¶ 74 I agree with the Eserjose dissenters that the attenuation doctrine is incompatible with our “nearly categorical” exclusionary rule and our Supreme Court's express disapproval of exceptions that admit illegally obtained evidence. Afana, 169 Wash.2d at 180, 233 P.3d 879; Winterstein, 167 Wash.2d at 631–32, 636, 220 P.3d 1226. By attempting to quantify exactly how “tainted” the fruits of an unlawful search may be and determine whether the taint has been sufficiently dissipated to avoid suppression, we undermine our strict exclusionary rule, ignore the automatic nature of the remedy, and allow the admission of evidence obtained from an illegal search. Moreover, even if we apply Eserjose's lead opinion analysis, the officers visit to and entry of Smith's room is not attenuated from the illegal search; the officers obtained the evidence and statements only by exploiting the illegality of the registry search.
¶ 75 Finally, I believe State v. Ibarra–Cisneros controls our decision. State v. Ibarra–Cisneros, 172 Wash.2d 880, 263 P.3d 591 (2011). In Ibarra–Cisneros, the court held that “[c]ourts should not consider grounds to limit application of the exclusionary rule when the State at a CrR 3.6 hearing offers no supporting facts or argument.” Ibarra–Cisneros, 172 Wash.2d 880, 263 P.3d 591. Here, the State argued that the search was justified under the inevitable discovery doctrine, and the trial court limited its findings and conclusions to that doctrine ruling that “[a]rticle I, [s]ection 7 of the Washington State Constitution is not violated by applying the doctrine of ‘inevitable discovery’ to the facts of this particular case.” Clerk's Papers (CP) at 493. The majority attempts to distinguish Ibarra–Cisneros by asserting that the record here was sufficiently developed for us to consider the doctrines of attenuation and independent source. But the parties did not litigate the elements of attenuation, and the trial court made no findings or conclusions that would apply to the elements of that doctrine. If the trial court had considered attenuation, it would have applied the passage-of-time and presence-of-intervening-circumstances factors; where the violation is ongoing, no time will have passed and no circumstances will have intervened. Eserjose, 171 Wash.2d at 927–28, 259 P.3d 172. The unlawful search of the motel registry occurred minutes before the illegal entry into the motel room. And the record reveals no intervening circumstances. Thus, to the extent the record was developed, it would support only that the room entry was not attenuated from the illegal registry search.
II. Independent Source
¶ 76 I also disagree with the majority's application of the independent source doctrine. The majority relies on State v. Miles, 159 Wash.App. 282, 244 P.3d 1030 (2011), which, in turn, relies on Gaines, 154 Wash.2d at 716–21, 116 P.3d 993, and Murray v. United States, 487 U.S. 533, 108 S.Ct. 2529, 101 L.Ed.2d 472 (1988).17 Each of these cases involved a situation where law enforcement officers discovered evidence pursuant to an unlawful search, recognized their error, obtained a search warrant based on independent, untainted information, and subsequently seized the evidence pursuant to that warrant. Murray, 487 U.S. at 535–36, 108 S.Ct. 2529; Gaines, 154 Wash.2d at 712–15, 116 P.3d 993; Miles, 159 Wash.App. at 284, 244 P.3d 1030. In each case, the court held that a subsequent search is lawful where (1) it is based on untainted information obtained independently from the initial, unlawful search, and (2) the State's decision to seek a warrant was not motivated by their discoveries during the initial, unlawful search. Murray, 487 U.S. at 542, 108 S.Ct. 2529; Gaines, 154 Wash.2d at 718–21, 116 P.3d 993; Miles, 159 Wash.App. at 291–94, 244 P.3d 1030.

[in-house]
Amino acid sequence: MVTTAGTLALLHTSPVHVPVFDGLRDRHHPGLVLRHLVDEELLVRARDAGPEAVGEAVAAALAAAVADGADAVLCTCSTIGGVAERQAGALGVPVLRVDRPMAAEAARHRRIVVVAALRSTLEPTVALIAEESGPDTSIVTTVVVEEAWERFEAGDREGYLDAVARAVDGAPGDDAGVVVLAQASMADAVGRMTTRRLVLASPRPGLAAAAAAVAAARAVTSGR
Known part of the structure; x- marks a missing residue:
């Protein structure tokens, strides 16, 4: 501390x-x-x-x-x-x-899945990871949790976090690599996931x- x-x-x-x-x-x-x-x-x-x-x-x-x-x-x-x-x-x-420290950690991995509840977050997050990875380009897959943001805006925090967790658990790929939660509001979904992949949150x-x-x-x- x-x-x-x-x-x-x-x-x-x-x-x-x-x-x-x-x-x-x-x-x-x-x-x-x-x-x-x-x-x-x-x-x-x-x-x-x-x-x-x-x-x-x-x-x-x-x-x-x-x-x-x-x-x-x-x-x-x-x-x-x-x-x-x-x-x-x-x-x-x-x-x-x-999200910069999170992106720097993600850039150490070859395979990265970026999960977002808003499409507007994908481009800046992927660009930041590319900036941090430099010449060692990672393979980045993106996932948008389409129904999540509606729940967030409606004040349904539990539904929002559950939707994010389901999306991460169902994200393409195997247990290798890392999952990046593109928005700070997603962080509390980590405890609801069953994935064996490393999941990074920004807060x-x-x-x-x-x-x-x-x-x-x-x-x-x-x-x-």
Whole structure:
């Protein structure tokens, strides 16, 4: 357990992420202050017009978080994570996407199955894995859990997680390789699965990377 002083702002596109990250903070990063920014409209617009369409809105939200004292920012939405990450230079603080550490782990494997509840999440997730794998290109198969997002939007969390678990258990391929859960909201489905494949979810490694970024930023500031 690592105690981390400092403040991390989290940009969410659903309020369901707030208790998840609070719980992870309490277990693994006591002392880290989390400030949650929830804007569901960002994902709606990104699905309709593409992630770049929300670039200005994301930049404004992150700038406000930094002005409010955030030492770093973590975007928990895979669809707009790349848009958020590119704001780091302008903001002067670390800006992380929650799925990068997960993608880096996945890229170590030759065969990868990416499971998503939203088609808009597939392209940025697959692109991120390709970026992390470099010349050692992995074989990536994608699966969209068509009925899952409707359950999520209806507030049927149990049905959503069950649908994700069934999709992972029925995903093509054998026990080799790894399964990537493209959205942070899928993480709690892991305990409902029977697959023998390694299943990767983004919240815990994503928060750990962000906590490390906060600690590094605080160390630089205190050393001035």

¶ 77 For example, in Gaines a man reported that he had been abducted by the defendants and held against his will for two days while they drove him to multiple banks and attempted to force him to withdraw money. Gaines, 154 Wash.2d at 713–14, 116 P.3d 993. Police officers spotted the defendants' car and arrested them, conducted a warrantless search of the car, and discovered an assault rifle in the trunk. Gaines, 154 Wash.2d at 714, 116 P.3d 993. The officers closed the trunk without disturbing its contents, obtained a search warrant for the defendants' house and car, and seized the rifle during a subsequent search pursuant to that warrant. Gaines, 154 Wash.2d at 714–15, 116 P.3d 993. Our Supreme Court first addressed whether the independent source doctrine is a valid exception to the exclusionary rule under article I, section 7, and held that it was. Gaines, 154 Wash.2d at 716–18, 116 P.3d 993. The court then held that the subsequent search was valid, because even after striking all references to the illegal search of the trunk, independent and legally-obtained information supported the warrant. Gaines, 154 Wash.2d at 718–20, 116 P.3d 993. Also, the trial court's findings adequately supported the conclusion that the officers were not motivated to seek a warrant because of the unlawful search, but would have sought a warrant for the car based on facts gathered independently from the illegal search. Gaines, 154 Wash.2d at 721, 116 P.3d 993.
¶ 78 In contrast, this case does not involve a situation where officers discovered evidence pursuant to an unlawful search, obtained a warrant based on untainted information wholly independent from the initial, illegal search, and subsequently seized the evidence pursuant to a valid warrant. The officers here discovered evidence of the assault on Quianna Quabner during the course of a single, continuous illegal search. The majority characterizes the officers' entry into the motel room as a subsequent, independent search because it was motivated by their open view observations of the assault rather than their unlawful discovery of the warrant for Smith's arrest. But absent the initial, unlawful search of the motel guest registry, the officers had no independent basis for knocking on Smith's door. Absent an open door, the officers would have had no opportunity to observe the interior of Smith's motel room. Their observations stemmed directly from the initial, illegal search.